Dentists call bad breath halitosis. Many people, when speaking, give off a peculiar odor that is unpleasant to themselves or to others. Halitosis can be, at the same time, a sign and/or a symptom. The patient may suffer from the problem and not be aware of it or, on the contrary, not suffer from it and believe that he/she has it.
Human breath under normal conditions should not have an unpleasant odor, but should be slightly sweet and characteristic. It can also be different from day to day. Even when it is a consequence of a chronic pathological process, it can present alterations, due to salivary secretion, food residues and bacterial plaque.
Causes of halitosis
On the other hand, the odor emitted by the mouth does not have the same characteristics throughout the day. It is usually more intense when we wake up than during the day, since during sleep we stop producing saliva, a liquid that helps to keep the mouth clean of debris. Without saliva the dead cells and bacteria in our mouth adhere to the tongue and cheeks creating bad odors, increasing their incidence before brushing the teeth than after. In addition, bad breath tends to be more intense during prolonged fasting and especially after certain meals. Foods such as garlic, onions, spicy foods, alcohol and food remains produce bad breath as external causes.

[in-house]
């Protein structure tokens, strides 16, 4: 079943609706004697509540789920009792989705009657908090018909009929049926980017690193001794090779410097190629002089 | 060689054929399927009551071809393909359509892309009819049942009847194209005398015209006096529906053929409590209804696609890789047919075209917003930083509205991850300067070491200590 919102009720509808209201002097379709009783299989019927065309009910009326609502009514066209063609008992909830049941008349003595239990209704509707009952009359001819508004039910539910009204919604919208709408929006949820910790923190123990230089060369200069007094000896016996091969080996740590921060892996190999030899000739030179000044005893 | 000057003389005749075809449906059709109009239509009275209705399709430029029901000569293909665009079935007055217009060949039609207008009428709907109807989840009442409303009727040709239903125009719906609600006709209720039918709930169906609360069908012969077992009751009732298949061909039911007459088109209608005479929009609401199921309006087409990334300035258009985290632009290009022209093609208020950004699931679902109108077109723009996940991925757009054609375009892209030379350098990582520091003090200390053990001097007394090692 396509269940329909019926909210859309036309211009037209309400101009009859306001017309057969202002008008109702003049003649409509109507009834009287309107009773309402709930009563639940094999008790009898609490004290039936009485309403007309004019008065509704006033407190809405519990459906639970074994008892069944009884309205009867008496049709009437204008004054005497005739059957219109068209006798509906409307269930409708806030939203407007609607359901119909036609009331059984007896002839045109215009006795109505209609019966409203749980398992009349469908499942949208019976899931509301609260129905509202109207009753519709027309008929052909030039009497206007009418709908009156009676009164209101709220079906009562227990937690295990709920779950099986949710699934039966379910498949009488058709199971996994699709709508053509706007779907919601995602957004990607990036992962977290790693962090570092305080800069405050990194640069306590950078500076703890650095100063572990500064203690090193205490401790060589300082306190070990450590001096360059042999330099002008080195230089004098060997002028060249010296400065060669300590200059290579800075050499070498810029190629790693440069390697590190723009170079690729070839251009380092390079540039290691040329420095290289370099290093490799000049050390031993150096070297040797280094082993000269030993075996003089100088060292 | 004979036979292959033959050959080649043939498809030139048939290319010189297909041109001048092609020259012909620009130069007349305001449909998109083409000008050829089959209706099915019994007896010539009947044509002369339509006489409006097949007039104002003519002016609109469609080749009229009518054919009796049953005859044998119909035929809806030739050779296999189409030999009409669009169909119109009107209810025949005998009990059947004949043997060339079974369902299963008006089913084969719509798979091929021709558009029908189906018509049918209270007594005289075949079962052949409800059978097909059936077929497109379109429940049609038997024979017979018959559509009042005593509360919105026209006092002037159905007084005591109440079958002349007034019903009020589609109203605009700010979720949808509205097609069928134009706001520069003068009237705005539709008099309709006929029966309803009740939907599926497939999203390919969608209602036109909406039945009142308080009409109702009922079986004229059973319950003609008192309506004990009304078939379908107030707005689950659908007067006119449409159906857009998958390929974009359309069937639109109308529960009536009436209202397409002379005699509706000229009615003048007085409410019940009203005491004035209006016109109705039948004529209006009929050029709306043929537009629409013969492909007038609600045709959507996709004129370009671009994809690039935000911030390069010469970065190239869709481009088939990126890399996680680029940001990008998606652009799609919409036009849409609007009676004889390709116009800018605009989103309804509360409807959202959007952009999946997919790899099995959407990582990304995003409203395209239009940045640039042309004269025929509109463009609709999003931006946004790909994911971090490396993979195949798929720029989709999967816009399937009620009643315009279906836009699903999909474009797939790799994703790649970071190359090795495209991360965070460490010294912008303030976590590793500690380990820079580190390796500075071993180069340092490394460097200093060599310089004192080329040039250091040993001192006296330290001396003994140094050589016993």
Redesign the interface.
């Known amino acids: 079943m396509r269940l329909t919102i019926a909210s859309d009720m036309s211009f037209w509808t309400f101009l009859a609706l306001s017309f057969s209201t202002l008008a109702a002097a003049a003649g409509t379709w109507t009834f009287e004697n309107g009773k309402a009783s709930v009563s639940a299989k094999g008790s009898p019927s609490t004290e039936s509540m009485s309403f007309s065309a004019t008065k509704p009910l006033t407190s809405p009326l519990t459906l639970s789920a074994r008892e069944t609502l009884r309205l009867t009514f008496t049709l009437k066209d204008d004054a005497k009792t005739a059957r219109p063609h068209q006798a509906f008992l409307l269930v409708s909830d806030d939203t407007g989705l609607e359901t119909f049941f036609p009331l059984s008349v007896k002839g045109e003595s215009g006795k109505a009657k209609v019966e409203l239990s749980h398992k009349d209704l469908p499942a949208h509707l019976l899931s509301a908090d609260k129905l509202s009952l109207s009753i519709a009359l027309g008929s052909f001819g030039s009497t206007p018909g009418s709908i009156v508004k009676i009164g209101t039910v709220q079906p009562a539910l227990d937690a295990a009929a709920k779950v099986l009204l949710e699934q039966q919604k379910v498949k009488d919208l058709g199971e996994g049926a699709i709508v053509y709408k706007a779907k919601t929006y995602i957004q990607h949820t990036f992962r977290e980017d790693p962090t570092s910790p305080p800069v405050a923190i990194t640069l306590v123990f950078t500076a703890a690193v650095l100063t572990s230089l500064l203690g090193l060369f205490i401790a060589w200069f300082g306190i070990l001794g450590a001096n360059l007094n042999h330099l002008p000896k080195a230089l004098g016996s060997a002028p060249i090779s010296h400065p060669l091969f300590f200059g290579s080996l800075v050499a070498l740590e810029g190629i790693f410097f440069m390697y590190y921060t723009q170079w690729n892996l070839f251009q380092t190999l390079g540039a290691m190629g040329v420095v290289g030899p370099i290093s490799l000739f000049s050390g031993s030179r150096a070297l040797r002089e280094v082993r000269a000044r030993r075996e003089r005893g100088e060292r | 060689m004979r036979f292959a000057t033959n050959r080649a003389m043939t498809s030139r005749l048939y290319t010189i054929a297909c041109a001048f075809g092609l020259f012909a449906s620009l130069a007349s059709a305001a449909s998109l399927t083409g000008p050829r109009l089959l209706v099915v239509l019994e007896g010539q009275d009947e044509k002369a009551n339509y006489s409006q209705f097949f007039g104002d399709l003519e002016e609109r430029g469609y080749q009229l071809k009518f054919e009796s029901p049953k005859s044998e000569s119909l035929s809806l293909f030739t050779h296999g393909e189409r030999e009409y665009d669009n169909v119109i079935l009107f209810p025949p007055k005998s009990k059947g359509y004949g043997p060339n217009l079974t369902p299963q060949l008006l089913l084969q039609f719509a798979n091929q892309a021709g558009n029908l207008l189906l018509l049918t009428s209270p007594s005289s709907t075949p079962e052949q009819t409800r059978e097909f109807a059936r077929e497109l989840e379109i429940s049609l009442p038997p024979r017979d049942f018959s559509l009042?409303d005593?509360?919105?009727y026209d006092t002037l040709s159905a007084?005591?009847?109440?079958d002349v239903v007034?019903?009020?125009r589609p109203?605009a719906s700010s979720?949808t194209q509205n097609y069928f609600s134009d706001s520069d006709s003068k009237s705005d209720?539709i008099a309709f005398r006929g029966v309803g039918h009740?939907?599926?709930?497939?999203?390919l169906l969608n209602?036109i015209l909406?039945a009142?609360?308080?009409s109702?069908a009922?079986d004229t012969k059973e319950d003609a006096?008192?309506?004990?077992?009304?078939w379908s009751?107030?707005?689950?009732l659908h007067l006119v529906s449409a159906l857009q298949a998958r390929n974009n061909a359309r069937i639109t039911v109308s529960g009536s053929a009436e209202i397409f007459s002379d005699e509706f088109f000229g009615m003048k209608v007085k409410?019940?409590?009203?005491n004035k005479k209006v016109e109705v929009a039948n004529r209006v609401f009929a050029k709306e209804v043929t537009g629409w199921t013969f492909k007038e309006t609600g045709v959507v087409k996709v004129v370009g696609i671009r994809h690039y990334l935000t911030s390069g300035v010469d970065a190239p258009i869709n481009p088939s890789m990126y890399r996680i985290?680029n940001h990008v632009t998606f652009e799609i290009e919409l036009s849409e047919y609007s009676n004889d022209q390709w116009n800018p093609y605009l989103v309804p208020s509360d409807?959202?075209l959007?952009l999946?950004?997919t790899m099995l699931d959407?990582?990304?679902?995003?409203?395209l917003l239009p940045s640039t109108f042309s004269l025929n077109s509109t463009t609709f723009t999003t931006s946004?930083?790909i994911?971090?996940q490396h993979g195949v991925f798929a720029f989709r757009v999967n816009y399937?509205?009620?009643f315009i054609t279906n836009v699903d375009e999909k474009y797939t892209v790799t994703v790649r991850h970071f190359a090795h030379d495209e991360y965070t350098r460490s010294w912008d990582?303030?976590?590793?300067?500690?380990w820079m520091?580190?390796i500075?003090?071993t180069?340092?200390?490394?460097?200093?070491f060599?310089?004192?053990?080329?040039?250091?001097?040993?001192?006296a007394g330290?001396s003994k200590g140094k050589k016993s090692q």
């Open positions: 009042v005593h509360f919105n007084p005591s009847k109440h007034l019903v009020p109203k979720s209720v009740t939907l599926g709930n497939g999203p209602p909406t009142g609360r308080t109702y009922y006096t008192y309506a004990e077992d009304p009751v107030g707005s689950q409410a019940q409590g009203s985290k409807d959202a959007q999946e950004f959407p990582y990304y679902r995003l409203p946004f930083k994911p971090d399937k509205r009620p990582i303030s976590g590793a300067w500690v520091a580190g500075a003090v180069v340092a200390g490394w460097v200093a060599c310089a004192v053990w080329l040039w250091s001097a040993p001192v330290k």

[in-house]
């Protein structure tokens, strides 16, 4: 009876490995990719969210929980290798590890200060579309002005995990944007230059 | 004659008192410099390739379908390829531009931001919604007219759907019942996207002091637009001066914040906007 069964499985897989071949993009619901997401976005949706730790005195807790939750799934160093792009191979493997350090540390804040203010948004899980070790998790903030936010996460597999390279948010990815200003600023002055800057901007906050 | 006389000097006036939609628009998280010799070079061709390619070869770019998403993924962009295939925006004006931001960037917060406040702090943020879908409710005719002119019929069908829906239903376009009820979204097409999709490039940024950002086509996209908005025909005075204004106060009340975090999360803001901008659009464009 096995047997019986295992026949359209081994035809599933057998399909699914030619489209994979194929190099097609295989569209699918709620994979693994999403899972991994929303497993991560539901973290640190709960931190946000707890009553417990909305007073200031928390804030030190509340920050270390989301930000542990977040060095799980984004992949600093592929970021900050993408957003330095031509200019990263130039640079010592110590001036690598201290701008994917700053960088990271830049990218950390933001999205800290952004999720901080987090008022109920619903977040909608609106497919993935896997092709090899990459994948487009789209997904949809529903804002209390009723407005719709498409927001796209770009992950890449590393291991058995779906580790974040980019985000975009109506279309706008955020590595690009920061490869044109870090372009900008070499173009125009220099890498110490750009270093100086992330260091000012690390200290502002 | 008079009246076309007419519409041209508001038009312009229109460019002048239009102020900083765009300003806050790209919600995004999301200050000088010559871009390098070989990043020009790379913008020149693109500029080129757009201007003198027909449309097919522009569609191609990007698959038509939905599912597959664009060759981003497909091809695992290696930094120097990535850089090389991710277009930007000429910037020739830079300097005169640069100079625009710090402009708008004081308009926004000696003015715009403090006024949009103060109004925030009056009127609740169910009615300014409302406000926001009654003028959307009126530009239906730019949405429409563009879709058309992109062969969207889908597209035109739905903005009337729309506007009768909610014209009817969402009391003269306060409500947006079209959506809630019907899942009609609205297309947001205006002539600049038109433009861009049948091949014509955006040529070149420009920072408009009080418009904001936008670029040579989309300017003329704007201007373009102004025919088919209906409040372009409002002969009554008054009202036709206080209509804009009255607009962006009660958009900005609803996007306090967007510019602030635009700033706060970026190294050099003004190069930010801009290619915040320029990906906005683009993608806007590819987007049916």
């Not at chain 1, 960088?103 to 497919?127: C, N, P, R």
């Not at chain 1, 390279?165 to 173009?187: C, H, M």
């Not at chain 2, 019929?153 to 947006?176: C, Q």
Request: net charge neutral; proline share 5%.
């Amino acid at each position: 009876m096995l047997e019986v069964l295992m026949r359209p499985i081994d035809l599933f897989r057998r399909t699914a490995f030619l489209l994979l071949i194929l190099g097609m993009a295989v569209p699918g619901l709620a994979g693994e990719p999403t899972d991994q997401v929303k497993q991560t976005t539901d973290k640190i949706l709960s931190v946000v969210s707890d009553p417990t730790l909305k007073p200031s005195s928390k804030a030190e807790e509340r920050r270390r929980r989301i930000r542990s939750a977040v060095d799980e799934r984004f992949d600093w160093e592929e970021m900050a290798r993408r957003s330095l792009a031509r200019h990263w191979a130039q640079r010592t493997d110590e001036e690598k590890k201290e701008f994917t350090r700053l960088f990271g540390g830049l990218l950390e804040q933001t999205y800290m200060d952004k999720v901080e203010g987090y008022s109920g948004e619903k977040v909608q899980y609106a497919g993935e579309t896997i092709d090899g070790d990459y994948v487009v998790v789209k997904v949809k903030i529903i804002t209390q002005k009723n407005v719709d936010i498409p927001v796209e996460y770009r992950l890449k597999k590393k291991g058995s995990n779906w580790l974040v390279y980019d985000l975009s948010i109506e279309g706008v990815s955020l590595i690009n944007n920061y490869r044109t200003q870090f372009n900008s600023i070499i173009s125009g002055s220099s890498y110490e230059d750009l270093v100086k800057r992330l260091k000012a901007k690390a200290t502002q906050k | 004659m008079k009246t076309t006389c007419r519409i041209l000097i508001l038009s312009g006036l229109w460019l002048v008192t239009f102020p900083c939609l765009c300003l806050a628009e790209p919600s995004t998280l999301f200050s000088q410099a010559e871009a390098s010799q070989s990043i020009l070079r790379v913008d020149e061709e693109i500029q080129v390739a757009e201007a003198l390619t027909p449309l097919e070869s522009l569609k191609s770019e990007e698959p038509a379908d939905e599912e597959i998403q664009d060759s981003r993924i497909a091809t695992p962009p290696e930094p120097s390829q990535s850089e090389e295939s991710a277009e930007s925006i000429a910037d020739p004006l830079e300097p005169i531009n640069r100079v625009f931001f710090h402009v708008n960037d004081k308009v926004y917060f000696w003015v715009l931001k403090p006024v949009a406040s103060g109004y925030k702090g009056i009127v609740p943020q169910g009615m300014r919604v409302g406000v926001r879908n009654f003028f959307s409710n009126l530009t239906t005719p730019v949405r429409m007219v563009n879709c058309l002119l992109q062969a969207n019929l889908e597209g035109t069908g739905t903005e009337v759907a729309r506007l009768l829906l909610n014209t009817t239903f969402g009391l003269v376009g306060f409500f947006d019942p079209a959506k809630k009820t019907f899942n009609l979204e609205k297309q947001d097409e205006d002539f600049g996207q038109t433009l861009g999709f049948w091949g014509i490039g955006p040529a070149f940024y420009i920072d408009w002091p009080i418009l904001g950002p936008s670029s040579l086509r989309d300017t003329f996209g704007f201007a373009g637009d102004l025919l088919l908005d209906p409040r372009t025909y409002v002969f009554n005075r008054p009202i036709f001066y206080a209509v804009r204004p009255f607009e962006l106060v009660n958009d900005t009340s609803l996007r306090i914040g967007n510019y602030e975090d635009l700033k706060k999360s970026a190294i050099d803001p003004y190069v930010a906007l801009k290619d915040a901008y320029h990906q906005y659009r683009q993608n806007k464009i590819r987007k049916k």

The back surface of the tongue is inhabited by bacteria that cause unpleasant smelling gases. Dry mouth, hormonal changes or the shape of the tongue are some of the factors that contribute to the proliferation of these bacteria.
In addition, dental conditions such as caries, gum problems, periodontitis, or oral infections are other causes of halitosis, as well as poorly adapted fixed prostheses, thus causing the accumulation of residues that if not removed will decompose, or removable prostheses that do not maintain proper hygienic conditions.
Remedies for bad breath
In 90% of the cases bad breath has its origin in the mouth and not in the stomach. In these cases, it is treated with proper dental hygiene by brushing the teeth and gums at least twice a day and always without forgetting the tongue, which will also be brushed or use the instrument called “tongue scraper”. Currently, there are also specific rinses for bad breath on the market.
Another very important tip is to make regular visits to the dentist to rule out cavities, gingivitis, pyorrhea, etc. Having a healthy mouth will solve most of the halitosis or bad breath. In 10% of the cases of halitosis is not of oral origin, but the cause of liver disease, kidney disease, diabetes, pharyngitis, sinusitis, etc.. Therefore, in these circumstances it will be necessary to see a specialist to treat the problem adequately.